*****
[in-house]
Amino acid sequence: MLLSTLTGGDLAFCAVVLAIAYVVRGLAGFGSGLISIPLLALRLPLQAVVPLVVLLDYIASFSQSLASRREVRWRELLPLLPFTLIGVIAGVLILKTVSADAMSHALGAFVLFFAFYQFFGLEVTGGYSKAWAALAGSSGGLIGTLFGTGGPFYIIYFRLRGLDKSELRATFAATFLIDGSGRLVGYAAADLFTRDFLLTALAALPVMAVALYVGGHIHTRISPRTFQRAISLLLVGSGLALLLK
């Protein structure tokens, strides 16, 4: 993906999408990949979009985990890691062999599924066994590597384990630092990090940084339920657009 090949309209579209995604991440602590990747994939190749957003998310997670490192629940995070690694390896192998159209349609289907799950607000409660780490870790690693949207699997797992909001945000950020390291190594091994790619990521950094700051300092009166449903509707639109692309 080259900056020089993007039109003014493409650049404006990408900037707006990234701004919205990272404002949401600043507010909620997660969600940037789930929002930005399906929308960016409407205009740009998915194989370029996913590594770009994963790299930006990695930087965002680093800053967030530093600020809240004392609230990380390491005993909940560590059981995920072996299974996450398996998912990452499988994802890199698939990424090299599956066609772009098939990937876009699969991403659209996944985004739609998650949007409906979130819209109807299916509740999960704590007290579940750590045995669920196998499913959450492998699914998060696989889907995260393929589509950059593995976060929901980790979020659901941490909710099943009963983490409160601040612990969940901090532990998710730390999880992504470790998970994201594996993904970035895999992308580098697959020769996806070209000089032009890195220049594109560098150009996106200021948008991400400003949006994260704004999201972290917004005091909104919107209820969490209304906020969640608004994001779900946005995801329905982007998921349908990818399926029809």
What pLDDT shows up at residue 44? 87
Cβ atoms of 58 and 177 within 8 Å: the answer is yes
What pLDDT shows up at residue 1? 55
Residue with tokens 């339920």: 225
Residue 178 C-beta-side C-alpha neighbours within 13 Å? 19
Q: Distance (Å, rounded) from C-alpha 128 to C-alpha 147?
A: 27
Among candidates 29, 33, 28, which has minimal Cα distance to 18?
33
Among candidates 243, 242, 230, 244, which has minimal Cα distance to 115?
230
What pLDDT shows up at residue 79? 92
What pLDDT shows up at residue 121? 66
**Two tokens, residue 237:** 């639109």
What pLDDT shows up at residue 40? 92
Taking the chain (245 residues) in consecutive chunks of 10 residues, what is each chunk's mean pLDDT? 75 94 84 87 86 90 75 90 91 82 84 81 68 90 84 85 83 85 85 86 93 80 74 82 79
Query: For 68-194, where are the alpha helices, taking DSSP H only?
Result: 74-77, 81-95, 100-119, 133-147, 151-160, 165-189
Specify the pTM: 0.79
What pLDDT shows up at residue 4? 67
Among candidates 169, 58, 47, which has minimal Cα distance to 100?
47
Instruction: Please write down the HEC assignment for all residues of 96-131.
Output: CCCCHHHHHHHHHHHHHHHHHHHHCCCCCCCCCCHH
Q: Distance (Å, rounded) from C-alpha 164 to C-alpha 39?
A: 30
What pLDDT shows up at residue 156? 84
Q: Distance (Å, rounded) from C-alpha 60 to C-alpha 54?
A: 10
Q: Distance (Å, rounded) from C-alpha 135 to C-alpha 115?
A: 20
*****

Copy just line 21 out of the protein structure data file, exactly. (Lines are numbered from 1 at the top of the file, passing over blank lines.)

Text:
Result: 74-77, 81-95, 100-119, 133-147, 151-160, 165-189